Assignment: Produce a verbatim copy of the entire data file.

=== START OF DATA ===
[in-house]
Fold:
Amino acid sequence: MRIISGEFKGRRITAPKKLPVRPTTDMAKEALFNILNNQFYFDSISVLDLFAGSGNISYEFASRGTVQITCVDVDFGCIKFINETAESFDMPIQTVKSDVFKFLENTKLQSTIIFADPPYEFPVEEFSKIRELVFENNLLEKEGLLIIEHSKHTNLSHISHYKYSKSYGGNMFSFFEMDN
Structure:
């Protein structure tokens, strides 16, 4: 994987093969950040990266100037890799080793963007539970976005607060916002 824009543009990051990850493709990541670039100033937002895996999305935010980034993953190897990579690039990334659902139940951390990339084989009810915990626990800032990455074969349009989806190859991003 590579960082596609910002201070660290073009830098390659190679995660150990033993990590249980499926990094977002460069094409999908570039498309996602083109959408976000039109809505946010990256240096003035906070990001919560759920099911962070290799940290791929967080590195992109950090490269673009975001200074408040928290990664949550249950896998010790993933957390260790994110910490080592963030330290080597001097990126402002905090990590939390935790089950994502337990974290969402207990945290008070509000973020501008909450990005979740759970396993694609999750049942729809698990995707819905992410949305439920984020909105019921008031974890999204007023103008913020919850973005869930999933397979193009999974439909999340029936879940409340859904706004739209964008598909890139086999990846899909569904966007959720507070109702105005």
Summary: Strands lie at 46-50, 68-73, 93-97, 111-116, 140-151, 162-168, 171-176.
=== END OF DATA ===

[in-house]
Fold:
Amino acid sequence: MRIISGEFKGRRITAPKKLPVRPTTDMAKEALFNILNNQFYFDSISVLDLFAGSGNISYEFASRGTVQITCVDVDFGCIKFINETAESFDMPIQTVKSDVFKFLENTKLQSTIIFADPPYEFPVEEFSKIRELVFENNLLEKEGLLIIEHSKHTNLSHISHYKYSKSYGGNMFSFFEMDN
Structure:
């Protein structure tokens, strides 16, 4: 994987093969950040990266100037890799080793963007539970976005607060916002 824009543009990051990850493709990541670039100033937002895996999305935010980034993953190897990579690039990334659902139940951390990339084989009810915990626990800032990455074969349009989806190859991003 590579960082596609910002201070660290073009830098390659190679995660150990033993990590249980499926990094977002460069094409999908570039498309996602083109959408976000039109809505946010990256240096003035906070990001919560759920099911962070290799940290791929967080590195992109950090490269673009975001200074408040928290990664949550249950896998010790993933957390260790994110910490080592963030330290080597001097990126402002905090990590939390935790089950994502337990974290969402207990945290008070509000973020501008909450990005979740759970396993694609999750049942729809698990995707819905992410949305439920984020909105019921008031974890999204007023103008913020919850973005869930999933397979193009999974439909999340029936879940409340859904706004739209964008598909890139086999990846899909569904966007959720507070109702105005």
Summary: Strands lie at 46-50, 68-73, 93-97, 111-116, 140-151, 162-168, 171-176.